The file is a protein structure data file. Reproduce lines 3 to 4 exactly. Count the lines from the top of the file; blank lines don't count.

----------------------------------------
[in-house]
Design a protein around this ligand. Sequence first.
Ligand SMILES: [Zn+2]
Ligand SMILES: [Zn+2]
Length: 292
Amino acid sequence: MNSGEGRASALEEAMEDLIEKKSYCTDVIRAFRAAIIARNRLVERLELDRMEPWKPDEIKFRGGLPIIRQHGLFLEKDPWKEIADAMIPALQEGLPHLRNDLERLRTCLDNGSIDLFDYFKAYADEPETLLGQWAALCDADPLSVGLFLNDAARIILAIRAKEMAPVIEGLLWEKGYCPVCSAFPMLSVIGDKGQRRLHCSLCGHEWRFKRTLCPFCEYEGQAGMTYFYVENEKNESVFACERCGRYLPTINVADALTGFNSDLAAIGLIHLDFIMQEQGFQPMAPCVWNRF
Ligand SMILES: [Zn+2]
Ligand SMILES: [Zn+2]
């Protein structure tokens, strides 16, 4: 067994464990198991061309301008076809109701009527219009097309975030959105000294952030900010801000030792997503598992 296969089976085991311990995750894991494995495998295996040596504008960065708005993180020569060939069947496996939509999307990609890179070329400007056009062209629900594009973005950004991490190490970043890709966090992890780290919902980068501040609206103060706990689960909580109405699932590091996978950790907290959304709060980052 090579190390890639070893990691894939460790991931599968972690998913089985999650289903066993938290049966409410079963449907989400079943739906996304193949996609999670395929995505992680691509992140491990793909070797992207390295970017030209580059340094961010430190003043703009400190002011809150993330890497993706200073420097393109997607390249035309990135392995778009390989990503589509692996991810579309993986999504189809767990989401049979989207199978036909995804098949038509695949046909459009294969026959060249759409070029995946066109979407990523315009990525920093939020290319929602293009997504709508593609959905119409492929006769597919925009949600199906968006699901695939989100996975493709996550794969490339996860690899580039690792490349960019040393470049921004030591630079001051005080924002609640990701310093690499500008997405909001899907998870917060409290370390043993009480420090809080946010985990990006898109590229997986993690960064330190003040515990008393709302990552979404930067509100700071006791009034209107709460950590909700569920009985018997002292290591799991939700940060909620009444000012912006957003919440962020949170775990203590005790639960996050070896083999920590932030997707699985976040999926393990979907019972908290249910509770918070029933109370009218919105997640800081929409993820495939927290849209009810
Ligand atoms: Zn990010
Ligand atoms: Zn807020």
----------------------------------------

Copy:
Ligand SMILES: [Zn+2]
Ligand SMILES: [Zn+2]